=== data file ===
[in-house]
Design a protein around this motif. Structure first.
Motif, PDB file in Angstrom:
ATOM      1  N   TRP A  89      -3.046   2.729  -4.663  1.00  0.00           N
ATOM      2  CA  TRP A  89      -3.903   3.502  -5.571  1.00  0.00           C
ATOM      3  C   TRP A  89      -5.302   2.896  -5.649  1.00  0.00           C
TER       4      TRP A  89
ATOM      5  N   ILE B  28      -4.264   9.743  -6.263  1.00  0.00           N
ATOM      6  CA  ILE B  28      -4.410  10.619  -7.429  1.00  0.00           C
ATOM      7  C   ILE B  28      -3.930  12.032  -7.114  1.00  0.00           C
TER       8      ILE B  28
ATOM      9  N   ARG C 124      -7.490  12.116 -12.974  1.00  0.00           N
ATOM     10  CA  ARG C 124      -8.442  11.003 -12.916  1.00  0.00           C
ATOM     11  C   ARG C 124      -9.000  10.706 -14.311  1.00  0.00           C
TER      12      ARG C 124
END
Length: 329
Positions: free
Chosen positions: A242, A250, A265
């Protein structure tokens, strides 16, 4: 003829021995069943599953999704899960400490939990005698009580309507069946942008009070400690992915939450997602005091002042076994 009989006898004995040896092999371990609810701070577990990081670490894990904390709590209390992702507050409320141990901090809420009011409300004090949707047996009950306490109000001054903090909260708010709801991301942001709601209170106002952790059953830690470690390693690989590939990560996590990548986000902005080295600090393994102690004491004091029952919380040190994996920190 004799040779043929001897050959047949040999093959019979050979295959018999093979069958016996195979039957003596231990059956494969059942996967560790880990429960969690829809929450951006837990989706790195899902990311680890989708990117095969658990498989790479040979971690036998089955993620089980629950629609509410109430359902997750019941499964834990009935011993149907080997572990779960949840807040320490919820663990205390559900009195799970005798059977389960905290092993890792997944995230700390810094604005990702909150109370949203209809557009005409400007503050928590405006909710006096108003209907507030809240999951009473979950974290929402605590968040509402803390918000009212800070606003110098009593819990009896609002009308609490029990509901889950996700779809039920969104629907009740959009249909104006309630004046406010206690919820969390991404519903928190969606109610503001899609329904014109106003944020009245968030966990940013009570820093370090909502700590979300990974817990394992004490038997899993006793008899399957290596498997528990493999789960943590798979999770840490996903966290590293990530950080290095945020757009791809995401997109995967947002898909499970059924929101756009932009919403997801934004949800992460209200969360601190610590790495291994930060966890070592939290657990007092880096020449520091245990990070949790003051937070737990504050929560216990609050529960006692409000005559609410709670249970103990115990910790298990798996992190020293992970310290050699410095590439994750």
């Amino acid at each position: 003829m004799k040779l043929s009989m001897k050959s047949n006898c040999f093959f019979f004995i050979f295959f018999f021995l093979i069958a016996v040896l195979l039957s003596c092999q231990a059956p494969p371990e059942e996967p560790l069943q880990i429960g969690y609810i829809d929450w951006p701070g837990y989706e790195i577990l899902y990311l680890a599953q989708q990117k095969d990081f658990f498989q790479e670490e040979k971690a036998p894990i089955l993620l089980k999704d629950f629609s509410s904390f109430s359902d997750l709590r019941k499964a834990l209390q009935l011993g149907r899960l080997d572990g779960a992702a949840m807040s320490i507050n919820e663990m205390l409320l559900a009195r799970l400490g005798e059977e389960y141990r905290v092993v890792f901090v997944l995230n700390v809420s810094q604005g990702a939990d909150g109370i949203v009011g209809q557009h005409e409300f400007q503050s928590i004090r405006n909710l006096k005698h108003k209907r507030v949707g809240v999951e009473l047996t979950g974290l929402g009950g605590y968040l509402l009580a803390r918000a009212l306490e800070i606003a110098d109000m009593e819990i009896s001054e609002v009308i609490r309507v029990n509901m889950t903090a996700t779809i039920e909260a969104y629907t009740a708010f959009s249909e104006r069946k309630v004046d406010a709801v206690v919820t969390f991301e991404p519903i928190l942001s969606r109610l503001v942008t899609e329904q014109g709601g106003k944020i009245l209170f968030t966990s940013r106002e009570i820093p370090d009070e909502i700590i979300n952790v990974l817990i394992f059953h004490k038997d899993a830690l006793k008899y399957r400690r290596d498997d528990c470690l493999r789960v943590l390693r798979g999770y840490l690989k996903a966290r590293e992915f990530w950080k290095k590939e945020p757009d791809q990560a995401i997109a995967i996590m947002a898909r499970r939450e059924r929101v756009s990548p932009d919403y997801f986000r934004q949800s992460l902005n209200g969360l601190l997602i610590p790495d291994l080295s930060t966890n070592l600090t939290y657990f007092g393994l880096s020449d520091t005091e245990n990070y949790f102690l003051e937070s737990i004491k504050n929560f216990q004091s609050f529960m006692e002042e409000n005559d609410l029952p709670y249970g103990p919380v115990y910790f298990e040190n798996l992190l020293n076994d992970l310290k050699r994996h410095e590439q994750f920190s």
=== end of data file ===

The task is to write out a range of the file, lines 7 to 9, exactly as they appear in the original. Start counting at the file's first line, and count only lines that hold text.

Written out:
TER       4      TRP A  89
ATOM      5  N   ILE B  28      -4.264   9.743  -6.263  1.00  0.00           N
ATOM      6  CA  ILE B  28      -4.410  10.619  -7.429  1.00  0.00           C